Furthermore, certain medications can lead to erectile dysfunction including antiandrogens (testosterone blockers) used in conjunction with prostate cancer therapy, certain antidepressants, blood pressure medications, sedatives or tranquilizers, some ulcer medications, and appetite suppressants.
Erectile dysfunction (ED) is often associated with urinary symptoms, such as urinary frequency, nocturia, and urgency. Often these symptoms are related to benign prostatic enlargement (BPE). It is unclear if the urinary symptoms cause ED, but generally, ED gets worse when urinary symptoms worsen. .
Surgery is an option in some cases of erectile dysfunction. Most surgery cases are performed for one of three reasons: to implant a device to initiate erections; to reconstruct arteries and increase penis blood flow; to block off veins that allow blood to leak from the penile tissues.
Quitting smoking, exercising regularly, losing excess weight, curtailing excessive alcohol consumption, controlling hypertension, and optimizing blood glucose levels in patients with diabetes are not only important for maintaining good health but also may improve or even prevent progression of erectile dysfunction. It is unclear if such lifestyle changes can reverse erectile dysfunction. However, lifestyle improvements may prevent progression of the erectile dysfunction. Some studies suggest that men who have made lifestyle improvements experience increased rates of success with oral medications.
Diabetes is a chronic condition characterized by high levels of sugar (glucose) in the blood. The two types of diabetes are referred to as type 1 (insulin dependent) and type 2 (non-insulin dependent). Symptoms of diabetes include increased urine output, thirst, hunger, and fatigue. Treatment of diabetes depends on the type.
As mentioned before, the recovery time for erections after surgery can be up to 2 years. If a man does not have an erection during this time period, the tissues in his penis may weaken. Once this happens, he will not be able to get an erection naturally. Some experts and doctors recommend different methods to promote erections starting within weeks or months after surgery to help some men recover sexual function. You may hear this called penile rehabilitation, or erectile rehabilitation.
Men with mild to moderate kidney or liver disease will need to use lower doses of the PDE5 inhibitors. None of the PDE5 inhibitors are recommended for men with severe kidney disease, those on dialysis, and those with severe liver disease.
Medicines to help produce erections – pills such as sildenafil (Viagra®), tadalafil (Cialis®), or vardenafil (Levitra®) − are typically used in combination with other therapies or devices. Since the drugs might not produce an erection because they need the nerves responsible for erections to be healthy, penile injections or vacuum devices might be offered. See Managing Male Sexual Problems Related to Cancer to learn more.
Aetna considers self-administered injectable medications for the treatment of erectile dysfunction medically necessary.Footnotes* Medically necessary self-administered medications for erectile dysfunction include: Injections into the corpus cavernosa to cause an erection (papaverine, alprostadil, phentolamine) and, Medicated Urethral System for Erection (MUSE) method of treatment for erectile dysfunction that involves inserting medication through a small catheter into the urethra.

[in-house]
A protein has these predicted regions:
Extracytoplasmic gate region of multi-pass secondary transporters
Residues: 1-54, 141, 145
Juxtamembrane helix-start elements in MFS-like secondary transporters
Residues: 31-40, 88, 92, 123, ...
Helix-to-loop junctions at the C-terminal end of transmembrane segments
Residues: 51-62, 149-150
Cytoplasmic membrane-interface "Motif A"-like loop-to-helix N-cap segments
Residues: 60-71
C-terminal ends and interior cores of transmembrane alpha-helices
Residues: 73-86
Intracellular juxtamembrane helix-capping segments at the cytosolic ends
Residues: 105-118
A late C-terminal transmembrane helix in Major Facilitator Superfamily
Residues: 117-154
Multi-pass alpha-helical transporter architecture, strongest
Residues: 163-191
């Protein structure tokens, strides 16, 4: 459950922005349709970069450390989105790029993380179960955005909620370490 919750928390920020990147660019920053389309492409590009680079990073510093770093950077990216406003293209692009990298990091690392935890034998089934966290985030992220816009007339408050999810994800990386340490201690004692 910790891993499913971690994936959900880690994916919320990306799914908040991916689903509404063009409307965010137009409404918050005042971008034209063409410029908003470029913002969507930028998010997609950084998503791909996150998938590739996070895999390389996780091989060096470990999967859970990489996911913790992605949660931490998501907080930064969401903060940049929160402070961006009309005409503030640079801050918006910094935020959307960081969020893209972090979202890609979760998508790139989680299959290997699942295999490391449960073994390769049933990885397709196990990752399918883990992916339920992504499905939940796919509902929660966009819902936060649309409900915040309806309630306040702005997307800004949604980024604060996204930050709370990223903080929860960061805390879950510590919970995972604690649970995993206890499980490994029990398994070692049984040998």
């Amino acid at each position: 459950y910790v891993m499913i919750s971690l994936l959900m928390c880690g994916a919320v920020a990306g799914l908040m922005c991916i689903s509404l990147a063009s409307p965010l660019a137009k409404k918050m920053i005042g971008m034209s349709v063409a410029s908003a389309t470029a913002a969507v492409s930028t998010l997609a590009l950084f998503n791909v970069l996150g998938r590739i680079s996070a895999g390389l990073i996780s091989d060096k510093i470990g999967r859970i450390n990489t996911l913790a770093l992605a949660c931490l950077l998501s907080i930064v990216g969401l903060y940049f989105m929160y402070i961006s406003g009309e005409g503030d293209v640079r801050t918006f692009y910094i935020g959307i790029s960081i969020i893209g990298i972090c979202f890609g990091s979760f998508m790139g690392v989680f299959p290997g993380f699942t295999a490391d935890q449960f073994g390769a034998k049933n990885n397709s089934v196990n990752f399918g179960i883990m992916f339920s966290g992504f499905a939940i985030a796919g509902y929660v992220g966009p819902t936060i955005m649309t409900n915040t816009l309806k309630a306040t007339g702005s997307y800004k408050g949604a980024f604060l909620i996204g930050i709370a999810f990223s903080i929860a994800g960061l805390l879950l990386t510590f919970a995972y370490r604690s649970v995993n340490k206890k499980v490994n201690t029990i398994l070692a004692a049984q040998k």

Wellness #2 Essential Panel is a detailed assessment of overall health and contains 55 separate laboratory tests including:
These are the conclusions of a new study where scientists have reviewed almost 2,000 scientific studies published between 2006 and 2016.
In patients with low testosterone, testosterone treatment can improve libido and erectile dysfunction, but many men still may need additional oral medications such as sildenafil, vardenafil, or tadalafil. Some studies suggest that men with ED and low testosterone may respond better to PDE5 inhibitors when given testosterone therapy; however, this is controversial.
To diagnose ED, your doctor may only need to ask you some questions and perform a physical exam.
Only a small subset of men with ED benefit from vascular testing, which can identify specific arterial or venous dysfunction amenable to surgical reconstruction. For the vast majority, such testing is unlikely to change management strategy. Thus, specialized testing is now limited to PDE-I non-responders, young men with post-traumatic or primary ED, men with Peyronie’s Disease, and legal investigations.
Stress occurs when forces from the outside world impinge on the individual. Stress is a normal part of life. However, over-stress, can be harmful. There is now speculation, as well as some evidence, that points to the abnormal stress responses as being involved in causing various diseases or conditions.
A finger prick test allows you to have a health check up from the comfort of home. Here are 10 tips to help you collect a blood sample...
We don't currently post comments online but are always keen to hear your feedback. References Map of Medicine - Erectile Dysfunction Pathways NHS - Erectile Dysfunction British Society for Sexual Medicine - Management Guidelines fo Erectile Dysfunction Patient UK - Erectile Dysfunction